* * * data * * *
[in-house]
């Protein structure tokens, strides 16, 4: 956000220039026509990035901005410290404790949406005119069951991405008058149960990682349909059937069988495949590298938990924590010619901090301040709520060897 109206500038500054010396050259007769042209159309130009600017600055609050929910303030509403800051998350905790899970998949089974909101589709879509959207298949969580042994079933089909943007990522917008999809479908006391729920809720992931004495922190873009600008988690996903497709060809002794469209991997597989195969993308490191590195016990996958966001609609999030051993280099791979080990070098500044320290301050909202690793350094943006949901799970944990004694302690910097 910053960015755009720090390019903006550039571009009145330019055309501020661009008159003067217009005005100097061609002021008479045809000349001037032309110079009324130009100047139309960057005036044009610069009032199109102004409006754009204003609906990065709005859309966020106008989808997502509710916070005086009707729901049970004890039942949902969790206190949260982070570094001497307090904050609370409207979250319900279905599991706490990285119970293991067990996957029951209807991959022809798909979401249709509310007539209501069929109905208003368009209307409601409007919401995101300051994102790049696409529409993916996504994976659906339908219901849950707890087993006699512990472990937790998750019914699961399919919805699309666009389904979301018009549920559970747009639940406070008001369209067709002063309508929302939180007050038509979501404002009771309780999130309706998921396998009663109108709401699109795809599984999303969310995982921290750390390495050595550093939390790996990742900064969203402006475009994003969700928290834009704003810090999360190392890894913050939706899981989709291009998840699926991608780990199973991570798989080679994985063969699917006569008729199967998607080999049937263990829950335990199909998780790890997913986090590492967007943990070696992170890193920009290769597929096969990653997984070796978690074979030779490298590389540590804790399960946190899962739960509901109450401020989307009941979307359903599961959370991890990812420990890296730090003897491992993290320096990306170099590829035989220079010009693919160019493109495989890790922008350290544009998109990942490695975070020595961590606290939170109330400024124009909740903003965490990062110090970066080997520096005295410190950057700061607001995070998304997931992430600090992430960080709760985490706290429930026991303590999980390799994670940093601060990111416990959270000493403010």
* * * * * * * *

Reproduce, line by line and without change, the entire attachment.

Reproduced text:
[in-house]
């Protein structure tokens, strides 16, 4: 956000220039026509990035901005410290404790949406005119069951991405008058149960990682349909059937069988495949590298938990924590010619901090301040709520060897 109206500038500054010396050259007769042209159309130009600017600055609050929910303030509403800051998350905790899970998949089974909101589709879509959207298949969580042994079933089909943007990522917008999809479908006391729920809720992931004495922190873009600008988690996903497709060809002794469209991997597989195969993308490191590195016990996958966001609609999030051993280099791979080990070098500044320290301050909202690793350094943006949901799970944990004694302690910097 910053960015755009720090390019903006550039571009009145330019055309501020661009008159003067217009005005100097061609002021008479045809000349001037032309110079009324130009100047139309960057005036044009610069009032199109102004409006754009204003609906990065709005859309966020106008989808997502509710916070005086009707729901049970004890039942949902969790206190949260982070570094001497307090904050609370409207979250319900279905599991706490990285119970293991067990996957029951209807991959022809798909979401249709509310007539209501069929109905208003368009209307409601409007919401995101300051994102790049696409529409993916996504994976659906339908219901849950707890087993006699512990472990937790998750019914699961399919919805699309666009389904979301018009549920559970747009639940406070008001369209067709002063309508929302939180007050038509979501404002009771309780999130309706998921396998009663109108709401699109795809599984999303969310995982921290750390390495050595550093939390790996990742900064969203402006475009994003969700928290834009704003810090999360190392890894913050939706899981989709291009998840699926991608780990199973991570798989080679994985063969699917006569008729199967998607080999049937263990829950335990199909998780790890997913986090590492967007943990070696992170890193920009290769597929096969990653997984070796978690074979030779490298590389540590804790399960946190899962739960509901109450401020989307009941979307359903599961959370991890990812420990890296730090003897491992993290320096990306170099590829035989220079010009693919160019493109495989890790922008350290544009998109990942490695975070020595961590606290939170109330400024124009909740903003965490990062110090970066080997520096005295410190950057700061607001995070998304997931992430600090992430960080709760985490706290429930026991303590999980390799994670940093601060990111416990959270000493403010």